The Land: Generational lessons at the Bob Ohse Farm.

October 25, 2016
Bob Ohse, left, and Jacob Zwagerman.

Bob Ohse, left, and Jacob Zwagerman.

The Land: Generational lessons at the Bob Ohse Farm.

#TheLand #MasonCounty Agriculture

By Rob Alway, Editor-in-Chief.

BRANCH TOWNSHIP — Farming is more than just a job and it’s more than just a business. It’s a lifestyle and its tradition. But, there reaches a point when a farmer needs to make a decision on what happens to the farm when he is gone. Often, an adult child or other relative may take over the farm. But, that’s not always the case.

Land_011 ludington beverageBob and Carla Ohse’s children chose different career paths and moved away from the farm leaving Bob with the need to find a successor. He chose Jacob Zwagerman, who had worked on the farm since the time he was 12-years-old.

“My family moved here in 1991 and I worked on the Ohse farm since I was 12 until I graduated high school,” Jacob says. “I then moved away and one day Bob called me out of the blue and asked if I wanted to help him farm, to become his partner.”

The Bob Ohse Farm operates on 1,200 acres of land in Branch, Custer, Sherman, and Sheridan townships. The farming tradition began when Bob’s grandparents, Wilhelmina (Minnie) and Augustus, immigrated from Germany and bought 40 acres on US 10. Bob’s parents then bought 80 acres on Schoenherr Road, the site of the existing farmstead. When Bob was 10, his parents, August and Edna, expanded the operation to 120 acres. His father died three years later, leaving the farm to 13-year-old Bob and his brother, Auggie, who was 12 years older than Bob (Auggie died in 2006).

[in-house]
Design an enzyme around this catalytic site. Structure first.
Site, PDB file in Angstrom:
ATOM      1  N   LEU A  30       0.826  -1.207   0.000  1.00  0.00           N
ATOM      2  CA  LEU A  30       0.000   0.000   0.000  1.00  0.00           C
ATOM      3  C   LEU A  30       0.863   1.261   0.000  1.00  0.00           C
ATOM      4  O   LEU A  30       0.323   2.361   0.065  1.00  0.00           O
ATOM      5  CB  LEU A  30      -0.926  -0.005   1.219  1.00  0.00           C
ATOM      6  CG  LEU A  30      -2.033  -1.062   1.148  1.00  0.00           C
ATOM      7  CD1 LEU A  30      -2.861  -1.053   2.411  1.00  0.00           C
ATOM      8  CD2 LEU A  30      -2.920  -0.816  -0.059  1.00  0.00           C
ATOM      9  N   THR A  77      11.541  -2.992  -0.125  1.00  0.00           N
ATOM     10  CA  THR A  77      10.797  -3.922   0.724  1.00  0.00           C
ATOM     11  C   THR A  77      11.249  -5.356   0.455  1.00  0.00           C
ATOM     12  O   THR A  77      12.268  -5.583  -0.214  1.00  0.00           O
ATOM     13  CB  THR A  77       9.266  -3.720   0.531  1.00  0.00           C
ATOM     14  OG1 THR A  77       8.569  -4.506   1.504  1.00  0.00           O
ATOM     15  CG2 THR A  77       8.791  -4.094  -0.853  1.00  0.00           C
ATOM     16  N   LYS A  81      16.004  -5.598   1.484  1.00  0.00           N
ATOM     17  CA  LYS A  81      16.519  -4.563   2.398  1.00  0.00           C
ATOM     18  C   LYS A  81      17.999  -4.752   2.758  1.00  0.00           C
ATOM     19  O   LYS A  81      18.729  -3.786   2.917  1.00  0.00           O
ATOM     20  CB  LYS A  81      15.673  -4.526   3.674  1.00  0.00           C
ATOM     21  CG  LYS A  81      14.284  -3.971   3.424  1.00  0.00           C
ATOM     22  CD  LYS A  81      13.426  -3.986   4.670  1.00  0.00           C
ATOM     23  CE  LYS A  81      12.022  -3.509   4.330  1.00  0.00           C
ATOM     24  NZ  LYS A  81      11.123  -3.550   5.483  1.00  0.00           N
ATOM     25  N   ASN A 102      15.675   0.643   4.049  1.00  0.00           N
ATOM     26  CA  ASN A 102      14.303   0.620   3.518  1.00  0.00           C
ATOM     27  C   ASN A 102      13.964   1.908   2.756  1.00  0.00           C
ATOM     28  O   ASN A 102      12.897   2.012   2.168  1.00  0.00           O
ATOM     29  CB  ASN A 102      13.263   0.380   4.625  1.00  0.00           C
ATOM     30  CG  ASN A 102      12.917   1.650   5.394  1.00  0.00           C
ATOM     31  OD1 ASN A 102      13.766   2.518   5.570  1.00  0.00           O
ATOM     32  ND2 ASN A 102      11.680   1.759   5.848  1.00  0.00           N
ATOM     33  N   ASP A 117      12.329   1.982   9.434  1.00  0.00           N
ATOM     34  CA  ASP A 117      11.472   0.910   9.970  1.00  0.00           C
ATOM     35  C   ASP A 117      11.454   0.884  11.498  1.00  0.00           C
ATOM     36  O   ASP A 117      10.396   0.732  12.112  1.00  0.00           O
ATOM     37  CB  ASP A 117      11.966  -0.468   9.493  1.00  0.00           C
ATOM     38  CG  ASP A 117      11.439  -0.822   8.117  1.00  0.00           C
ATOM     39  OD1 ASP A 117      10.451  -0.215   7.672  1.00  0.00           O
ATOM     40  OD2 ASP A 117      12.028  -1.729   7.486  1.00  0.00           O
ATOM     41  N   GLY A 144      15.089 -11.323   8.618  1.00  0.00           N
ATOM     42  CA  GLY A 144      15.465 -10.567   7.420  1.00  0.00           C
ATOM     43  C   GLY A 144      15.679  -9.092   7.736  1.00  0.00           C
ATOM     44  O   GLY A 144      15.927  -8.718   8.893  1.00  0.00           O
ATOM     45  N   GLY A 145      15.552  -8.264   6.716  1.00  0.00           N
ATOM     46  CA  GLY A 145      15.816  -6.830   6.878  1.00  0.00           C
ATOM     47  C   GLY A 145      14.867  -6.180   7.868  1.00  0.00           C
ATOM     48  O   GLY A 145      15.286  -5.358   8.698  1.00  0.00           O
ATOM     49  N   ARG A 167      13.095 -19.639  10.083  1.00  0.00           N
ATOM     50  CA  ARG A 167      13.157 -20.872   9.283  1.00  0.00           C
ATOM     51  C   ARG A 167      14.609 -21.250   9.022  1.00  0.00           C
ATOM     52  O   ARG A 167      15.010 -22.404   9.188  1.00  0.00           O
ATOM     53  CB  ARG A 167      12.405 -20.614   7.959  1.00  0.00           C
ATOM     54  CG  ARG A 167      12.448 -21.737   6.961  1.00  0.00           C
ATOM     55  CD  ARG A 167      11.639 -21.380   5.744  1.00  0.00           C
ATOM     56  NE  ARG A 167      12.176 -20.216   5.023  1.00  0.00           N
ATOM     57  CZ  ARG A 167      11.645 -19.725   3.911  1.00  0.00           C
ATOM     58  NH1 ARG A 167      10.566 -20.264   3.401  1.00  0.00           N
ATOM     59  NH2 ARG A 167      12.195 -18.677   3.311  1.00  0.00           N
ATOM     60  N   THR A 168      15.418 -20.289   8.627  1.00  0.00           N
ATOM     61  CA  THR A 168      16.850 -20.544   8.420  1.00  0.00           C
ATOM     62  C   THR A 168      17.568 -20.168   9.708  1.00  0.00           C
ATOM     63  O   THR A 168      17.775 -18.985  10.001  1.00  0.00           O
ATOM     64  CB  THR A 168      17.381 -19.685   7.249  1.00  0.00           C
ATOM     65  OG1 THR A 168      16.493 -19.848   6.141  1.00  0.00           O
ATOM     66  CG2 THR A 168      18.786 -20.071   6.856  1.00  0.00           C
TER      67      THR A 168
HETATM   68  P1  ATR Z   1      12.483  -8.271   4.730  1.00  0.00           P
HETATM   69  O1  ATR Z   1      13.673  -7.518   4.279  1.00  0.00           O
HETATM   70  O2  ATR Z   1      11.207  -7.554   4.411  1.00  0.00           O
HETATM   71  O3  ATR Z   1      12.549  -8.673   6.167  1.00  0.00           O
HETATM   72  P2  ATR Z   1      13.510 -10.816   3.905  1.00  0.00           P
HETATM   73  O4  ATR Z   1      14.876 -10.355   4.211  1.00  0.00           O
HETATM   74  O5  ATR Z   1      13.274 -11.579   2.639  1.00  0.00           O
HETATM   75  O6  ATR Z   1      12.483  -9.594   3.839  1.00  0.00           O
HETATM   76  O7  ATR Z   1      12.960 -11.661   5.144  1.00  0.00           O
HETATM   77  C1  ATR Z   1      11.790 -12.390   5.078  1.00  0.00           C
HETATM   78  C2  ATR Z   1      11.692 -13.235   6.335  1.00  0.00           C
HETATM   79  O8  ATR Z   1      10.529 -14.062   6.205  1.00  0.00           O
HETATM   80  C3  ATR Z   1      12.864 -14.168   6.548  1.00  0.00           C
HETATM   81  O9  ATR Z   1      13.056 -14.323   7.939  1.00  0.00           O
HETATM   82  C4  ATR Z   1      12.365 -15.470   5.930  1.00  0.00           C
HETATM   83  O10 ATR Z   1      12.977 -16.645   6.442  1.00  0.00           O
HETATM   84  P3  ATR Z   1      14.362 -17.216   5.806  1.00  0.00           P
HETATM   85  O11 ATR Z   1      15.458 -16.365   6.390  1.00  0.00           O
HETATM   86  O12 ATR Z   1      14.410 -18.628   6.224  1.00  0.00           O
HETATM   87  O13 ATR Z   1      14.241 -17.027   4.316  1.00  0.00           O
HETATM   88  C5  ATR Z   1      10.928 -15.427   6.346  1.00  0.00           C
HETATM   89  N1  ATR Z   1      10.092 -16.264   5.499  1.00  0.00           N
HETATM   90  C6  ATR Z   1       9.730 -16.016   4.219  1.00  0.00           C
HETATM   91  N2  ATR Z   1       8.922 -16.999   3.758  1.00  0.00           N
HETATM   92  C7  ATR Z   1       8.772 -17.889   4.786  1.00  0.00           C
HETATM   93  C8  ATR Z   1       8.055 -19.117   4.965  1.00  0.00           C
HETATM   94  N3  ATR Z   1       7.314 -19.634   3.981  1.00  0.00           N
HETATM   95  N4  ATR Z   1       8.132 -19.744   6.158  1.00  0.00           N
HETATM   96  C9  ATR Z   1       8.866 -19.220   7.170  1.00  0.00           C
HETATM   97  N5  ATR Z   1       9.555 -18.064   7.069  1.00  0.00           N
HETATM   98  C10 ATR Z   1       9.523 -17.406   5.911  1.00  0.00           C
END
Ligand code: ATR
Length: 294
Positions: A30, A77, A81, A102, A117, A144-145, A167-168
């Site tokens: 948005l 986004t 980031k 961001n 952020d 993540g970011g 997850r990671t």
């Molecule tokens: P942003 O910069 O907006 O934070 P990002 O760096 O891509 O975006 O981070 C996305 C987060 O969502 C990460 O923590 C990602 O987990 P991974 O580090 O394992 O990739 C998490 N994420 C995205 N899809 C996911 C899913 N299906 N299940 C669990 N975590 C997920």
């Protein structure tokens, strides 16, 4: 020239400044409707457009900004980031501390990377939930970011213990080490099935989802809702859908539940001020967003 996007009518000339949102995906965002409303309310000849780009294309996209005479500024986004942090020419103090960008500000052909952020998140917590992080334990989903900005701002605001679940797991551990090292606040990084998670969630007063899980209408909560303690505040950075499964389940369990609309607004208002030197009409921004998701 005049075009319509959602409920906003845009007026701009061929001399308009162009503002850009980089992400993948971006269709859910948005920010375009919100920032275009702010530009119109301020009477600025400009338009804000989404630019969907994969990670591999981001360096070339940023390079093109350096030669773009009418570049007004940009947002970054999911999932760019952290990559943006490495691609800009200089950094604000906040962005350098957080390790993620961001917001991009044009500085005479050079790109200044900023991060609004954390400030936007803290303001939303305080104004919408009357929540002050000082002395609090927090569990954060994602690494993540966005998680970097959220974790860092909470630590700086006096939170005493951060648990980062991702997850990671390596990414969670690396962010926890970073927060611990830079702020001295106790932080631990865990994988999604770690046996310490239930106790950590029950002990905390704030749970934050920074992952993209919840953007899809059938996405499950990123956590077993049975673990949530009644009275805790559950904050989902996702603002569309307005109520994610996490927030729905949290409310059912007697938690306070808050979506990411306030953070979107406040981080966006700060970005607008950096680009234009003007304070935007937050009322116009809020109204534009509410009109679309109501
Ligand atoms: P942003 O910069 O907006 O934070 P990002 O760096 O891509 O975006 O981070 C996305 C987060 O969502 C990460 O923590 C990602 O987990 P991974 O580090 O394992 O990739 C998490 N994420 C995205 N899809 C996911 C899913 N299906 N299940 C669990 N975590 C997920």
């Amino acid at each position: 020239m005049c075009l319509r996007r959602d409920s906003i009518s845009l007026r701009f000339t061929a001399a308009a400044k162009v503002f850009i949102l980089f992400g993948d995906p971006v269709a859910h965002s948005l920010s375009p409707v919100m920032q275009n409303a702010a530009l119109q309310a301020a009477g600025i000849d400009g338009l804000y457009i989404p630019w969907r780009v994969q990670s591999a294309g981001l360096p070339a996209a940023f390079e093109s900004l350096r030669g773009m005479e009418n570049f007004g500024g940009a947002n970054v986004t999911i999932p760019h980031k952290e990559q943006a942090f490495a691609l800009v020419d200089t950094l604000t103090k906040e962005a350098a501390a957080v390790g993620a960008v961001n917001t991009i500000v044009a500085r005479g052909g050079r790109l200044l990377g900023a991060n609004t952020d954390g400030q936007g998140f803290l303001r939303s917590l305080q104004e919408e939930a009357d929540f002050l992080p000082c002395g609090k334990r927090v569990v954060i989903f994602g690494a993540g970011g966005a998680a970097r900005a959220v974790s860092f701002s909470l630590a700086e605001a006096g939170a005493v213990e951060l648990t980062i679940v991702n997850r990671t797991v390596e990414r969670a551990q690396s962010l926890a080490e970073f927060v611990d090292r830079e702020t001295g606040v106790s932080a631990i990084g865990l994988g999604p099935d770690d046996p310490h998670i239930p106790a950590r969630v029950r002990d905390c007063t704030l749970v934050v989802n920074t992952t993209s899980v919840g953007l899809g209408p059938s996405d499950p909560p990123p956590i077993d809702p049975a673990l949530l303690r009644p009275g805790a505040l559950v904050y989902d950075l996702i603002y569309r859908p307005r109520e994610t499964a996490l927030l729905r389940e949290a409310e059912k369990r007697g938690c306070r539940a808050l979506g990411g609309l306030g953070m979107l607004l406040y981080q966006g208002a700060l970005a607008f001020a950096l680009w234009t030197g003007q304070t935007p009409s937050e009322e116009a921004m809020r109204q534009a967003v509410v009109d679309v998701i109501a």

“I could have chosen any number of careers,” Bob says. “But, I stand out here on this land and look at the trees changing colors, smelling the fresh, frosty air, and I can’t really imagine doing anything else.”

Jacob agrees.

ohse_john_deere“Last night I was harvesting soybeans and I got done about 8:30. I stepped out of the combine and looked up at the stars and thought to myself that not everyone in this world is blessed to be able to see this. People who live in the cities don’t get to see the stars like this. I get to work outdoors and not in a small box. I also think about how blessed I am to be able to grow the food that people eat.”

Jacob also owns his own farm operation, Zwagerman Farm Cropping, LLC. In addition to raising crops on his own 200 acres, Jacob also raises hogs. Bob says he raised cattle for over 40 years but no longer has livestock on his farm.

The two generations working together helps the farm progress and also helps keep it grounded as well, both Bob and Jacob say.

“Bob has passed his knowledge on to me which has taught me a lot,” Jacob says. “We also balance each other out. Sometimes I get an idea way out in left field and Bob will reel me back in. Then, there are times when Bob heads out in right field and I will bring him back. It’s a great balance that works well.”

Bob says Jacob brings with him new ideas of modern farming and is also able to do some of the heavier lifting.

“I have seen a lot of changes on the farm,” Bob says. “When I started we were still using horses. Today the combine is all computer controlled. I don’t handle those things and let Jacob worry about that. He can do a lot of things that I can’t do and he does them well.”

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